You will be redirected back to your article in seconds
Back to IndieWire

‘Game of Thrones’: Leonardo Da Vinci’s Crossbow and a WWII Machine Gun Inspired Euron’s Giant Weapon Design

Weapons master Tommy Dunne spoke with IndieWire about the updated scorpion and what role it could play in the battle for King’s Landing.

Pilou Asbaek, “Game of Thrones”

HBO

[Editor’s Note: The following contains spoilers for “Game of Thrones” Season 8, Episode 4, “The Last of the Starks.”]

“Game of Thrones” introduces viewers to a new and improved scorpion — a giant crossbow-like weapon — in “The Last of the Starks” that is a vast improvement from the previous clunky one that Bronn (Jerome Flynn) used in the Loot Train battle last season. That old mounted crossbow is big enough to launch a bolt that could pierce a dragon with one man operating it by standing behind it. The new scorpion is massive and requires seven men to operate it, and it has a greater range.

Not only does this scorpion kill a dragon (RIP Rhaegal), but its bolts also have the power to rip through the hull of ships from a distance. Series weapons master Tommy Dunne — the equivalent of Maester Qyburn — spoke to IndieWire about making the massive and impressive piece of machinery.

“In Season 8, the boys [showrunners David Benioff and D.B. Weiss] came back and said they want it 50-70 percent bigger. So that world of pain started,” Dunne said with a laugh. “We finished it the day of — or the morning of — when we were shooting the scene. In the workshop, I got to test it with a cardboard tube bolt. And fired it in the workshop, which is about 100 feet long. It flew very well. It nearly took out my bench.”

The limbs are what create the significant increase in power this year. The old scorpion only had two limbs, whereas Scorpion 2.0 has four limbs criss-crossed in an X and two additional horizontal limbs.

“It’s basically an homage to Leonardo da Vinci because it was Leonardo da Vinci who created a massive crossbow with overlapping limbs,” said Dunne. “Da Vinci’s never got made and [in] modern time it was proved that it wouldn’t work because of the lamination of the limbs,” he added. “But you see the shape, the outer shape of the scorpion itself is exact same look as the Leonardo da Vinci drawings that he has and I wanted to do a little bit of a homage to that.”

Leonardo Da Vinci's drawing of a giant crossbow'Leonardo Da Vinci - Experience, Experiment and Design' exhibition, Victoria and Albert Museum, London, Britain - 12 Sep 2006

Leonardo Da Vinci’s crossbow design

Tony Kyriacou/REX/Shutterstock

This scorpion, however, is fully functional as seen on screen. Besides the firing mechanism, the weapon does require four men to operate its movement, two people to load the bolt, and finally the “pilot,” aka Euron Greyjoy (Pilou Asbaek) to launch the bolt.

“We have four men on the brace or a crossbar — the four are doing all the moving left and right, up and down. Then we have two guys loading the bolts into it. We stuck one of my boys in the workshop, [armorer model maker] Keith Donnelly, in there and put a wig on him for the part of the leader.”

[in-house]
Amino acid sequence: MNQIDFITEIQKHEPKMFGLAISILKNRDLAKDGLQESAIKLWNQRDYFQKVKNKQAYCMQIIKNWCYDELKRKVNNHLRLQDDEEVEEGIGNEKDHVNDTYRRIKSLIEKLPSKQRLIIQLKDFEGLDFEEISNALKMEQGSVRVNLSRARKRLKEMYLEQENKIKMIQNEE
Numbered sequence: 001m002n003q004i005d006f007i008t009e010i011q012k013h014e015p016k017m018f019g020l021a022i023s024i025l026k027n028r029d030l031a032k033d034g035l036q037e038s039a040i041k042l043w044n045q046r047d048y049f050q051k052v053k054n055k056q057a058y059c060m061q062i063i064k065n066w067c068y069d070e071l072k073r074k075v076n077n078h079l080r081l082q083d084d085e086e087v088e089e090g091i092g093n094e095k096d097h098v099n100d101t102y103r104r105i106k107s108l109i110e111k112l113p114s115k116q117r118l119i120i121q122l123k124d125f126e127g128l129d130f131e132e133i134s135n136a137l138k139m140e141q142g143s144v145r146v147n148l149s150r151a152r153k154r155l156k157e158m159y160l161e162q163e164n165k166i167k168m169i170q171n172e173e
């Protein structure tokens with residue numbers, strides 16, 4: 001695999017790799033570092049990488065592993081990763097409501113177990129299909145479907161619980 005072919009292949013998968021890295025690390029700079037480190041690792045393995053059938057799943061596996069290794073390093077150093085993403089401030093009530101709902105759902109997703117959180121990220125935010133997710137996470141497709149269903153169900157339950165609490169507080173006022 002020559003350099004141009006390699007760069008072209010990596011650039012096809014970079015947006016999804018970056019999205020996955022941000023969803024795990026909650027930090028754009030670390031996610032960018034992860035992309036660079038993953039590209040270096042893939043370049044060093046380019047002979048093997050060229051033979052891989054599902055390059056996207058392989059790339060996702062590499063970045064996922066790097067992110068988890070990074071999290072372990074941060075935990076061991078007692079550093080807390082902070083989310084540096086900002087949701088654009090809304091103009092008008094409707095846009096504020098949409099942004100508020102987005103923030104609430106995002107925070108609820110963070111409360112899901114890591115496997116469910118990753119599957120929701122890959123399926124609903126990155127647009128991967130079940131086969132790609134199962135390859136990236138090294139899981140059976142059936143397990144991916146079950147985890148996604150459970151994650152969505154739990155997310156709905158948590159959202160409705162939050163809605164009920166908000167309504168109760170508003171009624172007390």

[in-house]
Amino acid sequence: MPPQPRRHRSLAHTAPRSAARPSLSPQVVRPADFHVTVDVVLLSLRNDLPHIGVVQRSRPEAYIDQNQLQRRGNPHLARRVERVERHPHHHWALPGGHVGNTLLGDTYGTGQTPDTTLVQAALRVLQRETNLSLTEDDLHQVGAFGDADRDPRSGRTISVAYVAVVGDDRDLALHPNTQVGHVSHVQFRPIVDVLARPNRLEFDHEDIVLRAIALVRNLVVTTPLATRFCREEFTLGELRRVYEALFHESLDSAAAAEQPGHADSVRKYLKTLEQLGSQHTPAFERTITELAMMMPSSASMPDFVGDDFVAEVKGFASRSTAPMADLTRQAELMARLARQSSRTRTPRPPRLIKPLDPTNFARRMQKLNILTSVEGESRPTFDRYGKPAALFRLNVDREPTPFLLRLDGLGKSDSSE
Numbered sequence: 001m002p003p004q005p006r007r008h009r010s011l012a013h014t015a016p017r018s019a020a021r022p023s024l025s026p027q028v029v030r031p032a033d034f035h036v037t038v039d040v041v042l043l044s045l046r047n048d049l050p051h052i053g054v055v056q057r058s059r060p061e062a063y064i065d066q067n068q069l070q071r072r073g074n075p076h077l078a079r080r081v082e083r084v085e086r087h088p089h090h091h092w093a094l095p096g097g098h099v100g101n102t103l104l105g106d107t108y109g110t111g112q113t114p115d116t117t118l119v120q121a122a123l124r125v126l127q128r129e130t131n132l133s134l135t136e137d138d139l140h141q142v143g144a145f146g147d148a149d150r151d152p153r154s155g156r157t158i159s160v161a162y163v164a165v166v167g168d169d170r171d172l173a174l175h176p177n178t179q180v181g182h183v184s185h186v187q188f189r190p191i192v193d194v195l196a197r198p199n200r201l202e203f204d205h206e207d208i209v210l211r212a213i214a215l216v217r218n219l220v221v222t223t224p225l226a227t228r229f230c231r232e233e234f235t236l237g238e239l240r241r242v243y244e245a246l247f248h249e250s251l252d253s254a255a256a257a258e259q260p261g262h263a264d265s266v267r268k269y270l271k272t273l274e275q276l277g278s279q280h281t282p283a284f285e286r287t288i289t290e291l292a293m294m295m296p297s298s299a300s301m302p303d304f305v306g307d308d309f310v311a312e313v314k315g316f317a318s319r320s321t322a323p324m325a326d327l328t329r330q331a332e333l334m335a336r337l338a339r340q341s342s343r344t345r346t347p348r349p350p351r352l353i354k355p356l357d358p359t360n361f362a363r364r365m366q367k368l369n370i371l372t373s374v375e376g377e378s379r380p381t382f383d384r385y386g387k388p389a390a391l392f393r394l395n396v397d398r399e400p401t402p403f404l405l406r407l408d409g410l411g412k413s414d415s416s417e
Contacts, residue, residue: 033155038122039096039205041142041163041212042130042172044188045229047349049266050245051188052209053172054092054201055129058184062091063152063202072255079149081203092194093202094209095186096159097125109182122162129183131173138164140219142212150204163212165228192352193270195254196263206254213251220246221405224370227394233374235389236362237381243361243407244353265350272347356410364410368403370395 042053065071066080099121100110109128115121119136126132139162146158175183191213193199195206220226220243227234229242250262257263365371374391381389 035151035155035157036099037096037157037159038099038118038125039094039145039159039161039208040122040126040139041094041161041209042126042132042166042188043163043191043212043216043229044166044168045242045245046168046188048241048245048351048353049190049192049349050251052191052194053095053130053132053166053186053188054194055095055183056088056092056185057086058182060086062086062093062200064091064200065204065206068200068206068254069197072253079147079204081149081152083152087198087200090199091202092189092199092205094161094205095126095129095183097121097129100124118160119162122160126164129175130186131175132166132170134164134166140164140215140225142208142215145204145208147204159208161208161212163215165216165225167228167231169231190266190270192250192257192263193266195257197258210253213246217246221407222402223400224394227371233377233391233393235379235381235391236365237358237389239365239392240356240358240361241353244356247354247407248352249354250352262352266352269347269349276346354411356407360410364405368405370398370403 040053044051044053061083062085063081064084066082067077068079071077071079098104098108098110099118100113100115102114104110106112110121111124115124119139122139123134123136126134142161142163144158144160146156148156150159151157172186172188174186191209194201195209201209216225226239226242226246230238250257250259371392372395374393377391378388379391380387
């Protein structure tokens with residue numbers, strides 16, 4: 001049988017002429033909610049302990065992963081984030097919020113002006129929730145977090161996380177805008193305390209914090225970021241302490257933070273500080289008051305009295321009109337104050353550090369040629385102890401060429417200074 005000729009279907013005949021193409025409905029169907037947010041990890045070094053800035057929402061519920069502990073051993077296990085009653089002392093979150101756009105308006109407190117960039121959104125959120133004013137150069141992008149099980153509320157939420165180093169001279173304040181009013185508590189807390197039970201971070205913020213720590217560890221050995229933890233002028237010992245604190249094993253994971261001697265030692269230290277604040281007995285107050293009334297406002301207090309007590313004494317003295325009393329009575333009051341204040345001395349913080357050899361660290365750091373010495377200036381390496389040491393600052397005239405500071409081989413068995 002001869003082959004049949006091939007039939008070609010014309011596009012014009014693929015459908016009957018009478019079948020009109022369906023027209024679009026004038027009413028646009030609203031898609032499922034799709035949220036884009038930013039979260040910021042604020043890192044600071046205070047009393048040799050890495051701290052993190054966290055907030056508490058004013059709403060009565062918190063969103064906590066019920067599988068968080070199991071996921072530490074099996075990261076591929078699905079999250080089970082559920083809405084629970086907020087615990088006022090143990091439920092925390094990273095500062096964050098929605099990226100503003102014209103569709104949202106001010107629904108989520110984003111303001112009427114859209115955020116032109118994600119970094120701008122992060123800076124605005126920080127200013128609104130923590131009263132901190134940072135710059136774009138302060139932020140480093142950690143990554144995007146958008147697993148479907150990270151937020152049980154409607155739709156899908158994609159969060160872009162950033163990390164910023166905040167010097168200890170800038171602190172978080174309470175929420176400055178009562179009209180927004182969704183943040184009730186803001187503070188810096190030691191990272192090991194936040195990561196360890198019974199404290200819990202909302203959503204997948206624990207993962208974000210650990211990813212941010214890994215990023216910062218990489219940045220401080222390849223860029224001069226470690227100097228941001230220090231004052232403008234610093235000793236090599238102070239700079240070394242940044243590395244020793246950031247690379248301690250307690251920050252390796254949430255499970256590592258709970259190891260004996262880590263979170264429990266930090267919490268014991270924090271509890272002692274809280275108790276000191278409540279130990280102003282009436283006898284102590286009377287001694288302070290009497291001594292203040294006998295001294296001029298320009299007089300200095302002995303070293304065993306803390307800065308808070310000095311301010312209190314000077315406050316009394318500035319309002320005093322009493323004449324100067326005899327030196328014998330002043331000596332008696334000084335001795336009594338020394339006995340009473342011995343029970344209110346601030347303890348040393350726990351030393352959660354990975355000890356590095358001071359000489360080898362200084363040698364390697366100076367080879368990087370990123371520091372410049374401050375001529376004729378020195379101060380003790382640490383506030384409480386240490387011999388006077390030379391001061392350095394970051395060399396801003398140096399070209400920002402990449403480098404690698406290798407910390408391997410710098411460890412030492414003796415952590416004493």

The design is also significantly different in that it has a reclined seat for the pilot. “We wanted to put a seat [similar to one] for an old Quad .50 cal [machine gun] from World War II,” said Dunne. “We designed it so that it’d be very, very comfortable but also very relaxing like a one leg up, relaxed back. It’s not something that needs to look rigid or regimented. It’s all about him being cool and laid back. Pilou the actor, he’s a bit of a cool dude.”

The scorpion is about 26 feet long and 22 feet wide, with bolts that are approximately 13-15 feet long. The time and effort to make one practical model is considerable, and therefore the rest of the scorpions seen on screen are CGI replicas of the real thing. But this also means that the hero scorpion had to go through a slight cosmetic change since there are two types seen in Episode 4: Euron’s version mounted on the Ironfleet decks and then the Lannister versions seen mounted on the King’s Landing battlements.

“We hadn’t the time nor the manpower to make two weapons. It was a lot of engineering and a lot of mind-boggling thinking of how you could turn it into two weapons within one weapon,” said Dunne.

Pilou Asbaek, “Game of Thrones”

HBO

“You have the Greyjoy look that has four extra limbs on it and you’ll notice that there are suckers on the limbs because the kraken or the octopus is on their family crest,” he added. “Later on we see that the Lannister one, and the four limbs kind of disappear off. We just use the two horizontally. We also have a lion’s head on front of it for the Lannister [sigil] and then take the backseat off.”

As confirmed by VFX supervisor Stefen Fangmeier, the range of one of the fired bolts is far greater than dragon fire’s range. Drogon really could not retaliate without putting his apparently very tender dragon neck at risk.

“On a normal crossbow you’re looking at 200 meters, but there’s six limbs on the Greyjoy one, and those two horizontal limbs on the Lannister one. So you can imagine there’s tons of power and torsion on that. You’d be talking miles,” Dunne said.

In the sneak peek for Episode 5, several of the Lannister scorpions can be seen across the battlements, backing up the Golden Company. As for what viewers can expect to see as these scorpions are put into action, Dunne only said, “Let’s put it this way: I wouldn’t say they’d waste the energy on humans.”

Watch a behind-the-scenes video of the Greyjoy scorpion:

”Game of Thrones” airs Sundays at 9 p.m. ET on HBO.

Sign Up: Stay on top of the latest breaking film and TV news! Sign up for our Email Newsletters here.

This Article is related to: Television and tagged , , ,


Get The Latest IndieWire Alerts And Newsletters Delivered Directly To Your Inbox

Newswire